CEU's new space within the government sports complex (photo: Andrew Lenz)

We decided that the water runnel at the base of the wall allowed for the best access.  As we made our way up from the highway to a large concrete water runoff system, a man dressed in old camouflage army attire came running up on us.  “Don’t go up there, there are vicious dogs up there!!” the man screamed at us.  We tried to explain that we knew the way and would avoid the dogs, but now the man had new dangers to warn us of before letting us go on our way.  “No but there are pit vipers there!!!” the man seemed determined to prevent us from heading up into the overgrown forest.  He proceeded to list off every danger we could think of that could possibly exist to have us turn around.  “There are flash floods, five minutes of heavy rain will bring certain death if you are in the water runnels” he told us.  Drug traffickers, Africanized bees, landslides, the list kept on going.  We talked with him with big smiles and explained that we were focused on climbing.  Soon we were all friends and he gave us a number to reach him in case of any problems.

Andrew had heard of this guy, he was famous.  “His name is Rambo and he lives in a cave up there where that big white flag sticks up out of the forest, he was probably worried that we would go up and mess with his stuff,” Andrew explained.  Rambo finally let us go on our way.  We imagined him rappelling down the face of the Two Brothers formation with guns blazing and a bandana around his forehead in the case of our distress call.

As we hiked up the water runnel, we did not find any gangsters, but kids climbing around the rocks and flying kites.  Surprised to see us, they asked what we were doing.  When we told them we were climbing they said we were crazy, ironic considering they were soloing what must have been a 5.4 slab with no shoes and in mid-conversation.

Boy playing at the base of the "Bigger Brother" formation above Rocinha (photo: Andrew Lenz)

Kids climbing up slabs with no shoes. This was probably a 5.4 friction pitch. (Photo: Asa Firestone)

The water runnel snaked up the slope and then turned and followed the base of the wall.  The thing was like a perfect stair case bringing us past what seemed like endless new routes and amazing cragging.  We found possible slab climbs, face climbs, and even some good cracks.  As we hiked along the base of the wall, we finally came upon Patrick White, a system of left facing corners and cracks snaking up the entire wall.  It was beautiful.  We snapped some shots and committed to refurbishing the line and making a modern ascent as soon as possible.  Rumor has it that the bolts are completely rotten.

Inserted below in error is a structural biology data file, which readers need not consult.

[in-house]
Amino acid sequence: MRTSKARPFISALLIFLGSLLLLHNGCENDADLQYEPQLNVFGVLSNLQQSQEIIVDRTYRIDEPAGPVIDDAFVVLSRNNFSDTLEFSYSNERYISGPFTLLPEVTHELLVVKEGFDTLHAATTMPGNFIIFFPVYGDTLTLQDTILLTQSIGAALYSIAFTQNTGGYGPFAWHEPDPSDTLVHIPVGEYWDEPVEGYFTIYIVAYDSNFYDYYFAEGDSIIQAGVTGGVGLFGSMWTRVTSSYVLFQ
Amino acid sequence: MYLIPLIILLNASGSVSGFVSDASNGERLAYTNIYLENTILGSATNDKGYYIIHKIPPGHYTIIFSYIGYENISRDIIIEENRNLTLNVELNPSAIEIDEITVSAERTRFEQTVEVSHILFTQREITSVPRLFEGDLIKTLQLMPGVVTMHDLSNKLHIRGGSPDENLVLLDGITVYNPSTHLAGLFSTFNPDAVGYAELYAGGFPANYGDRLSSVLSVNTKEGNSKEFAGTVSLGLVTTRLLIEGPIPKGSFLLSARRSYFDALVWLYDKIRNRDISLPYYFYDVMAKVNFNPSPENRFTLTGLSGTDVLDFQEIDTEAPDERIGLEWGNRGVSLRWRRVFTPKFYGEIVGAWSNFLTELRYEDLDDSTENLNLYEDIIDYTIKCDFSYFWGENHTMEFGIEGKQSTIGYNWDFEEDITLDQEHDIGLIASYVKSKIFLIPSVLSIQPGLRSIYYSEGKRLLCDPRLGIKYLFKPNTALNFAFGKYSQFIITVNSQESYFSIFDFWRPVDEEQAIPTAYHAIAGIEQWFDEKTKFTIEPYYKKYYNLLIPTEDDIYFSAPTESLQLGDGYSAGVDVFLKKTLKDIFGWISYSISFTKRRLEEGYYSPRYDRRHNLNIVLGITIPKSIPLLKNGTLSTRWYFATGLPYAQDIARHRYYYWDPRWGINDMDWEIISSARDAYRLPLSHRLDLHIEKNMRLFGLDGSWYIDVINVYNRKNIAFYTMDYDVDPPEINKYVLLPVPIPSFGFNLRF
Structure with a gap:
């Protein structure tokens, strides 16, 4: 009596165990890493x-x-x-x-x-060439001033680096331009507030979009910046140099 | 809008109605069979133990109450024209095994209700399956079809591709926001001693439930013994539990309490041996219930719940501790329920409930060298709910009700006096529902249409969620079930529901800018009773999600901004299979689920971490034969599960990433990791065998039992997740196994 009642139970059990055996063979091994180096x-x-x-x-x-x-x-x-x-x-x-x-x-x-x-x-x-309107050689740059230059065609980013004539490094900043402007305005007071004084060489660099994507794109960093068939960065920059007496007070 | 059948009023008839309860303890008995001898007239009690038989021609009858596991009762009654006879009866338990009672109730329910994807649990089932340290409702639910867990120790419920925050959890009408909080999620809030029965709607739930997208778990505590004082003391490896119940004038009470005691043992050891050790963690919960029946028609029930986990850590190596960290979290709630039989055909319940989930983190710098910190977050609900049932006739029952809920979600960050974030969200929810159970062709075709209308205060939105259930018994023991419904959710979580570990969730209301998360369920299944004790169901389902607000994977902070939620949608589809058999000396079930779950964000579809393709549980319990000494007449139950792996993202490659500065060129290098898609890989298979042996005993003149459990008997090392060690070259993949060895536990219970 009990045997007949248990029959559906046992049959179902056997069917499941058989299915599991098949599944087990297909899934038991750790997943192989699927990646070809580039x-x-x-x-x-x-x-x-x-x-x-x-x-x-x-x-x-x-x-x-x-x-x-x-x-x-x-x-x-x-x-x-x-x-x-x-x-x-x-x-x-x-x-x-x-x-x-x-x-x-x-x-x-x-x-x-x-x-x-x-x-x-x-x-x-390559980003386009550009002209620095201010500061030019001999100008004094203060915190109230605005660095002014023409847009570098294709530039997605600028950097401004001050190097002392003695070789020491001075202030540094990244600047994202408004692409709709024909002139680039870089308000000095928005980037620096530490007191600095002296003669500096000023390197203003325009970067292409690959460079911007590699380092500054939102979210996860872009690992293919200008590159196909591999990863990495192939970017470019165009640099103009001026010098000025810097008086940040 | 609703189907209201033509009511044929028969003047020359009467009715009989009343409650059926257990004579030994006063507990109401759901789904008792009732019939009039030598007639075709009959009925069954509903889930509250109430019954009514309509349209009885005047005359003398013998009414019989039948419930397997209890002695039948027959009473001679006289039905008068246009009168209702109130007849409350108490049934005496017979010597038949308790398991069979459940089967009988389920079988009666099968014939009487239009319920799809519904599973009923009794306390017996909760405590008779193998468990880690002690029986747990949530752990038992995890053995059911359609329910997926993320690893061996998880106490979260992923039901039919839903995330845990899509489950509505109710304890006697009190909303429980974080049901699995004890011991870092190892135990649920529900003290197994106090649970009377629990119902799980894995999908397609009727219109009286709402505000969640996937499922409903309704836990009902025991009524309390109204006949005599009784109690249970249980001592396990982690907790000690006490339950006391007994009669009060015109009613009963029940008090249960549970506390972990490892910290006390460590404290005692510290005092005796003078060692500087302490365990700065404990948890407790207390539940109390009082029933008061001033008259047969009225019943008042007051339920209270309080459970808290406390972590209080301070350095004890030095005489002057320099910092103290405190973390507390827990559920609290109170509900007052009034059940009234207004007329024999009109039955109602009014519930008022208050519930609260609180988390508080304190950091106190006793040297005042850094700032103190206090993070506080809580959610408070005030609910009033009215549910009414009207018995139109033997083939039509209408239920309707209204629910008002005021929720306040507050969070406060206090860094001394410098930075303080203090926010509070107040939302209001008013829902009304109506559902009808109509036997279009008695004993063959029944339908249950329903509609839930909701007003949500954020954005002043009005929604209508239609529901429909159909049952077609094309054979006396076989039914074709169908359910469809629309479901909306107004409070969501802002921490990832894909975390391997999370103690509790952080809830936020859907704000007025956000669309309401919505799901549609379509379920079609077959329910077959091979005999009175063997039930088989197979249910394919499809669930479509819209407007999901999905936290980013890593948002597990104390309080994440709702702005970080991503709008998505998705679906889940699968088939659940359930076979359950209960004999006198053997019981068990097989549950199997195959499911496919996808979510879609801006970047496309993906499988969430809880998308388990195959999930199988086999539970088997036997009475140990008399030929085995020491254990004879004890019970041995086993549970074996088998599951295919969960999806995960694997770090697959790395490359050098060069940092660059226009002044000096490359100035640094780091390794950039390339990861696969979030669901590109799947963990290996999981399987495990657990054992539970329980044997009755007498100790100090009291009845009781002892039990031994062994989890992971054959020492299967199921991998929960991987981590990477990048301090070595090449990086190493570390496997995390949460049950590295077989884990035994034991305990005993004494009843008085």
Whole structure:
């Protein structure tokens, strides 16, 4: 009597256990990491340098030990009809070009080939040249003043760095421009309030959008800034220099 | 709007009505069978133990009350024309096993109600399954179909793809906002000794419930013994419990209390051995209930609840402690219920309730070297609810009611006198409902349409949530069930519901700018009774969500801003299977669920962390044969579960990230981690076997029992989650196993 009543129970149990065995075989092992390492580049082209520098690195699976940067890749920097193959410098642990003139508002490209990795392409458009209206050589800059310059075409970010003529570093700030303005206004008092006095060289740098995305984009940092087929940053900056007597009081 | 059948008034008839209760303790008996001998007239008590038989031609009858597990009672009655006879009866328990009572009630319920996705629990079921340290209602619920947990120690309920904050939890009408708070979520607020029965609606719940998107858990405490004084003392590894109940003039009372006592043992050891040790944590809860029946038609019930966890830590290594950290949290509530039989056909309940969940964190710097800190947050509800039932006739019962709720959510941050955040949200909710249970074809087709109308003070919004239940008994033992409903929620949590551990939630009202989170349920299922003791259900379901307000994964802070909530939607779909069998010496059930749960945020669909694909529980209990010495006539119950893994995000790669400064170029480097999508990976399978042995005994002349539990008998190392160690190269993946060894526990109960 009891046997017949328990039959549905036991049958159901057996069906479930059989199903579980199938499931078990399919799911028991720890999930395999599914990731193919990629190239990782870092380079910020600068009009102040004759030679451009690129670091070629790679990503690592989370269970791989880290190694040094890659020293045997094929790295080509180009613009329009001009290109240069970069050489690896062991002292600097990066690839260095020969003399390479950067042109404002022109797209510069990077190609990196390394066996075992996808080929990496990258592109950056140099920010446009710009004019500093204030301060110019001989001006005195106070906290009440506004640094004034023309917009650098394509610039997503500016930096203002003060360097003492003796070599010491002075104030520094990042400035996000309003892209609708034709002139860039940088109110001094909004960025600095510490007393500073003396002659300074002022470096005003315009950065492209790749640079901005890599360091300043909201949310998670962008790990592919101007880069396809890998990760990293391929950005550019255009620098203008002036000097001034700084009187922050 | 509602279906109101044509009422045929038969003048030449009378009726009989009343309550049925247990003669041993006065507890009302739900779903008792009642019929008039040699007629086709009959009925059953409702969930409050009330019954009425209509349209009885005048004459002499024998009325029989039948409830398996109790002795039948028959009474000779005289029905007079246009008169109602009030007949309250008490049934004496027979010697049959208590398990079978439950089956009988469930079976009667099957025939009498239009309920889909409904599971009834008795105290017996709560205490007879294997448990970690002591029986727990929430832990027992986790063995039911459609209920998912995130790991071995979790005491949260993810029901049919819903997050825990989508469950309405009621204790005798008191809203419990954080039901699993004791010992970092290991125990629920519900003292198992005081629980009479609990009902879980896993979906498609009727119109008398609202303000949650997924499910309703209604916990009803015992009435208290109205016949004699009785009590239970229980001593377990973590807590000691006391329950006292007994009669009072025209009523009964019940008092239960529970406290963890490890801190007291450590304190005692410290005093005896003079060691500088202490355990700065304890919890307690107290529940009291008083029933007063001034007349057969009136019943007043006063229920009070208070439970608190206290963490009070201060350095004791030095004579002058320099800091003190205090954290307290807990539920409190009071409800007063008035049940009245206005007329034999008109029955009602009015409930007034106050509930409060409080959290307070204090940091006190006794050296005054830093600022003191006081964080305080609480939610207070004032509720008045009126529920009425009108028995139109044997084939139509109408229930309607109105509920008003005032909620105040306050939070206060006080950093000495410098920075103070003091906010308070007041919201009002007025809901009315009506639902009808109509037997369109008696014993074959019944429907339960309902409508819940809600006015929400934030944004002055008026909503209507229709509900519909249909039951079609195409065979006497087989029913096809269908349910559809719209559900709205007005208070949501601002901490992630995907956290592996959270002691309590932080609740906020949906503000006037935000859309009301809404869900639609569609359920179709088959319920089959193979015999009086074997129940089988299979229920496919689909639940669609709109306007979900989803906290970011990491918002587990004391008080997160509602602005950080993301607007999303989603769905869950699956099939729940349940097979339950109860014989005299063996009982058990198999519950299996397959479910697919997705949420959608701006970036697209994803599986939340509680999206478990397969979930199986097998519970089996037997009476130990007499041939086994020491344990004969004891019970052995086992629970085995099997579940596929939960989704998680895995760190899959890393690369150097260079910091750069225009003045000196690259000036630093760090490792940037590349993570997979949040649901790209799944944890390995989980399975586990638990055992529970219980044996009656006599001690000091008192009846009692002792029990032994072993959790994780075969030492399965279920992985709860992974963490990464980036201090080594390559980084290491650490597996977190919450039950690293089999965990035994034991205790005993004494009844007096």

The water runnel which acts as a perfect belay ledge and path along the wall for climbers (Photo: Lenz)

We will be returning next week to put up some new routes and establish a “crag” which is climbing terminology for a developed climbing area with many shorter routes for training.  We will also be making an attempt on Patrick White once we have permission from the local Rio climbing community to refurbish the route with modern bolts.  Construction of the indoor climbing wall is planned to begin on January 2nd.  John Greenleaf, Wesley Thurston, and Daniel Paly are amazing people who will be facilitating this process.  We will be staying in the Rocinha community during this time.  Happy holidays to everyone and I will be sure to post again soon.

Andrew in the water runnel with the 800 foot face of the Two Brothers looming above (Photo: Firestone)




2 responses

19 12 2011
Gil Weiss

This is the shining epitome of climbing’s co-evolutionary power. That is the power of climbing to transform communities and landscapes, and in turn, for those places to transform the people themselves. Thanks for turning this omnipresent concept into a reality. Keep up the good work guys!

22 12 2011

Well done, Ace. You are harnessing a transformative power with integrity and cojones. Your words and photos bring the vision to life. Keep recording the process, it’s fascinating.